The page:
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Cheney could visit JACC for fundraiser

Meghan Martin | Wednesday, September 24, 2003

Vice President Dick Cheney is slated to be the keynote speaker at a fundraising luncheon for Republican Indiana Congressman Chris Chocola on Oct. 9 in the Joyce Center.

According to invitations sent out for the event, Cheney, who visited the area in May 2002 during Chocola’s bid for his current Congressional seat, will address a $250-per-plate crowd of supporters that Thursday.

For security reasons, Chocola’s office would not officially confirm the vice president’s visit.

“We cannot confirm the vice president’s schedule,” Chocola spokesman Brooks Kochvar said. “The White House press office will say the same thing. For security reasons, they will not publicize his schedule until 48 hours in advance.”

Cheney’s office could not be reached for comment.

If the vice president does participate in the luncheon, a $2,000-per-couple reception will be held before the signature event, which will give patrons the opportunity to meet and pose for photographs with him.

Cheney’s last visit to South Bend raised over $250,000 for Chocola’s initial congressional bid, and October’s event, with 3,500 invitations already sent out, has the potential to raise even more for the incumbent’s re-election campaign.

The vice president, whose visit is expected to serve in a strictly fundraising capacity, is not expected to address students or participate in any University functions. Although the event will be held at the Joyce Center, Notre Dame is not involved in sponsoring Cheney’s visit.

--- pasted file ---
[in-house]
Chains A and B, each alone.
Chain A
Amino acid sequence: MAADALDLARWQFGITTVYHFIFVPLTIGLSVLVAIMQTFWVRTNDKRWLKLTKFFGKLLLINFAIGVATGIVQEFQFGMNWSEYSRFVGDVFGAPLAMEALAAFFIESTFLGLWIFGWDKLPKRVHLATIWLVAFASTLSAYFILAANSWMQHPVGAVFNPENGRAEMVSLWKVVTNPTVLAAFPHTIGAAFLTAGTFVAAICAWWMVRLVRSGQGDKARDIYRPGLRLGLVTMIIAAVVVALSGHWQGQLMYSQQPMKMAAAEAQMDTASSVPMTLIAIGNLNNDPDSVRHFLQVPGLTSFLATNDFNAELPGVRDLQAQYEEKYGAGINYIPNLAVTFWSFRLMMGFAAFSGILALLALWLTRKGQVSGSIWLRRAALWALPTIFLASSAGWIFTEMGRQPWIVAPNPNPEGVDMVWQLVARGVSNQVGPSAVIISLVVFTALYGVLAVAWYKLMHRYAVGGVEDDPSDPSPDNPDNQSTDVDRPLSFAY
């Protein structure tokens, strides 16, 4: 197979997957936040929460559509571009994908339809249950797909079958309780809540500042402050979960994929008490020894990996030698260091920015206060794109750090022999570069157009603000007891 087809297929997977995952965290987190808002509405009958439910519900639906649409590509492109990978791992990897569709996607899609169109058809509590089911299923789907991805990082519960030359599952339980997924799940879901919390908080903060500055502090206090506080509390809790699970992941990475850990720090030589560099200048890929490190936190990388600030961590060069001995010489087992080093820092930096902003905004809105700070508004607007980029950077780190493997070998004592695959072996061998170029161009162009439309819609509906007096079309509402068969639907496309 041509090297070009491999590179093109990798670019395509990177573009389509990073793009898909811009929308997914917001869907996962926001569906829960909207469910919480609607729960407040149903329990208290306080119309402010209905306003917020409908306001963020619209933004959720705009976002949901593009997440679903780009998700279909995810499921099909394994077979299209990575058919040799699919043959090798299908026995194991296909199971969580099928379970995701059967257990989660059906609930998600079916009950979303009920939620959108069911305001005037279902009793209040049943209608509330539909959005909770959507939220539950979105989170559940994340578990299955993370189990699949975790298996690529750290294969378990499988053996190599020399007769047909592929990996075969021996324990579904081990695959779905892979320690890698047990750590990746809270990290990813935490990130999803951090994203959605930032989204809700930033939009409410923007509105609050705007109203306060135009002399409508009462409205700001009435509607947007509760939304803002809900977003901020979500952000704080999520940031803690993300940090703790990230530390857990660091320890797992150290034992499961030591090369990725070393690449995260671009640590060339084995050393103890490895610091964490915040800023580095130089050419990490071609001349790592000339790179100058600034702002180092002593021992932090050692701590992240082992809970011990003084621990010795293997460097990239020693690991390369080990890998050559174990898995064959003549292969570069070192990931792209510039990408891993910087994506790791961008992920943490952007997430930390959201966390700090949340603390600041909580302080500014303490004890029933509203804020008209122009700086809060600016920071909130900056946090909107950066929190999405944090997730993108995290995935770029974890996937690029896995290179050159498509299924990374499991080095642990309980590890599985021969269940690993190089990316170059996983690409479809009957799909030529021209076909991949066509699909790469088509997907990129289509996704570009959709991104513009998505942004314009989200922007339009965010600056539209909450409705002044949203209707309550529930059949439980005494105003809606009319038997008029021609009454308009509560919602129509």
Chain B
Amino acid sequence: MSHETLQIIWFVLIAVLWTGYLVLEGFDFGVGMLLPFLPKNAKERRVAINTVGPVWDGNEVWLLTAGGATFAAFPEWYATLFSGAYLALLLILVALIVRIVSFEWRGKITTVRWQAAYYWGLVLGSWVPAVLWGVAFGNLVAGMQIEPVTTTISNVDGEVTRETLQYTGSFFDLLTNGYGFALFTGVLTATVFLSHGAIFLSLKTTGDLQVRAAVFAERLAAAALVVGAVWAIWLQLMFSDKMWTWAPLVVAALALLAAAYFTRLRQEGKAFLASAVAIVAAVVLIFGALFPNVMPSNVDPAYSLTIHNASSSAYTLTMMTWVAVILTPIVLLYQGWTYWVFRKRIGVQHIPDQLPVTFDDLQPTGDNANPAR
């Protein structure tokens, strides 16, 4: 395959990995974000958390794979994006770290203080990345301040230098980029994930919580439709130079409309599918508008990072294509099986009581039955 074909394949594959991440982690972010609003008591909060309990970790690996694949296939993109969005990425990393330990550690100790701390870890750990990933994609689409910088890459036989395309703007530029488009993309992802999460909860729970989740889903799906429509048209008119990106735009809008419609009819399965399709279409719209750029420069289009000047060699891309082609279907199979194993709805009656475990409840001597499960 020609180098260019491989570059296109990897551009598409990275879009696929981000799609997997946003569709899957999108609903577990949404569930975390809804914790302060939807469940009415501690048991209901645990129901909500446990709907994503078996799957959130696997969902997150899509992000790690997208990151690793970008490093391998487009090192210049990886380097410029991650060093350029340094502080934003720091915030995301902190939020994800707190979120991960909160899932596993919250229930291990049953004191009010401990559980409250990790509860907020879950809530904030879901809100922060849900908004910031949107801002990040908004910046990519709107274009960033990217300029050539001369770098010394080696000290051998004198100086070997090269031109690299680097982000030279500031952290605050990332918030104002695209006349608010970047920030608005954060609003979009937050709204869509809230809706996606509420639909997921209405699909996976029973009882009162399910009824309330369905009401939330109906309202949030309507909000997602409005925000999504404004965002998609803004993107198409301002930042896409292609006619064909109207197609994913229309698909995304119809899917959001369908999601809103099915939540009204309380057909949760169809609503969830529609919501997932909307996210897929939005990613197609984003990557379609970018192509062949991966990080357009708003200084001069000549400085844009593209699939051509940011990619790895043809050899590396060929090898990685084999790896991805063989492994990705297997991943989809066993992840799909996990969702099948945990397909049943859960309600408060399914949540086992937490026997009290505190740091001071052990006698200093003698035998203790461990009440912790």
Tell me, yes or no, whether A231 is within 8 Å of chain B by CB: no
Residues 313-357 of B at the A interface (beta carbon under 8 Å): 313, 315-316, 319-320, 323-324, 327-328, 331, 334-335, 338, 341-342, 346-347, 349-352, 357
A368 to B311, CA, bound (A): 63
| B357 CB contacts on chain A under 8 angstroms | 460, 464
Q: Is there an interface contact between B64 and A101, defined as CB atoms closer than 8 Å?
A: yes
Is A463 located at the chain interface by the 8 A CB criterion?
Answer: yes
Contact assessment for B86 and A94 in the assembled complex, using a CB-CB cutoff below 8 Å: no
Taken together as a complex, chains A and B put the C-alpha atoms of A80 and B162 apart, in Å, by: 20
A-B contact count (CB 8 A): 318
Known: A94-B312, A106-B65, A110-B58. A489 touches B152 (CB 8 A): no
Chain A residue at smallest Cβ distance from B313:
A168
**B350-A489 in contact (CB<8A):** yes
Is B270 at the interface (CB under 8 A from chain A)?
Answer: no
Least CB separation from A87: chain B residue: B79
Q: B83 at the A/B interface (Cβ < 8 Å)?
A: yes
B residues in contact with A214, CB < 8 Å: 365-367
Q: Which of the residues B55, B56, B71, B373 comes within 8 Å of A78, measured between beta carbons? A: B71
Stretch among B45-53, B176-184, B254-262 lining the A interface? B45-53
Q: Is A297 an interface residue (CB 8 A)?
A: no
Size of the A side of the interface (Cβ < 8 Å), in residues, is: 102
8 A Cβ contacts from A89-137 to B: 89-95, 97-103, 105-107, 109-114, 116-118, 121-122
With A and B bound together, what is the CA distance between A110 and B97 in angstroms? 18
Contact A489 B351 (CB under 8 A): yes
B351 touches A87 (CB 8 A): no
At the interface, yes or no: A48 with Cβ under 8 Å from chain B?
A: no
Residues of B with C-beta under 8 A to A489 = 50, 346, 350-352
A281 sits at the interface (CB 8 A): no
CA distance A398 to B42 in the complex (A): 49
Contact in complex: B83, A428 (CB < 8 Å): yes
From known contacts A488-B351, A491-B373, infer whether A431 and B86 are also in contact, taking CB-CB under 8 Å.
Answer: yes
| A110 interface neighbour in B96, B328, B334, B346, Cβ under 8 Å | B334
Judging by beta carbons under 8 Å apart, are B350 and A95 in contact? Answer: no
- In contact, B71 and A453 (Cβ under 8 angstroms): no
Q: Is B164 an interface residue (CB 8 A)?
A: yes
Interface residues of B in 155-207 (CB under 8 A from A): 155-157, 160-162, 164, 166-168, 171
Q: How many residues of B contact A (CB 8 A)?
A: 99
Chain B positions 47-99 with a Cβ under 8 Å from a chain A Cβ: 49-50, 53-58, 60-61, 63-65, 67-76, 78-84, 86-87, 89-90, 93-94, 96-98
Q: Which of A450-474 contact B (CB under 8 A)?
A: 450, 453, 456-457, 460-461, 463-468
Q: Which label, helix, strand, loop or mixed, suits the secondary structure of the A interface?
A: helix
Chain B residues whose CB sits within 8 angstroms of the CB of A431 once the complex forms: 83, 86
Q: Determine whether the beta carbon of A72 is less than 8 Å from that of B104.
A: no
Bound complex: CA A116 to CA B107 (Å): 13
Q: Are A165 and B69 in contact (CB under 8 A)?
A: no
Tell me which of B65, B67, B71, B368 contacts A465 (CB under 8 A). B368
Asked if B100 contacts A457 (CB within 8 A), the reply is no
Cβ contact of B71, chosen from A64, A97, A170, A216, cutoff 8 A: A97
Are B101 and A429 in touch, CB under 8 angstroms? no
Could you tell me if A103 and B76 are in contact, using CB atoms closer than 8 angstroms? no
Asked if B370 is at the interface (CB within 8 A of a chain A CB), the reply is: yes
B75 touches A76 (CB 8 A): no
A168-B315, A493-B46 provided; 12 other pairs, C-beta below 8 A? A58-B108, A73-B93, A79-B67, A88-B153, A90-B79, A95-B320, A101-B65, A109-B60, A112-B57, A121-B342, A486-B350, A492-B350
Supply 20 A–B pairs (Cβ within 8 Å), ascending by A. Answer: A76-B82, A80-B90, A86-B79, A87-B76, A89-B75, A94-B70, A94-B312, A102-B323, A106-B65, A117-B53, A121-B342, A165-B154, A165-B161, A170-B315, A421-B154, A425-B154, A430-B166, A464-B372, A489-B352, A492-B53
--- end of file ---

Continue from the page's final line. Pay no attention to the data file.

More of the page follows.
“We’re just renting the facility,” Kochvar said. “Notre Dame doesn’t give us the facility – we rent it as anyone else would.”

University spokesman Matt Storin said that Notre Dame will be renting use of the Joyce Center to the event’s planners as a business transaction, a common practice with a venue so large and publicly accessible.

“We do rent our facilities out,” he said. “The Joyce Center is regularly rented out … There are occasional activities held there that are unrelated to the University. This is one of them.”

Storin said that University policy does not permit the endorsement of political candidates, and Notre Dame will therefore have no involvement in the event or Chocola’s campaign itself.

“There is a policy that allows for politicians who are running for office to speak on campus on substantive issues,” he said. “When that situation arises, we are certain to invite their opponent to speak, as well … Otherwise, we would not, for example, host a fundraising event, but we would rent the Joyce Center out as a business move.”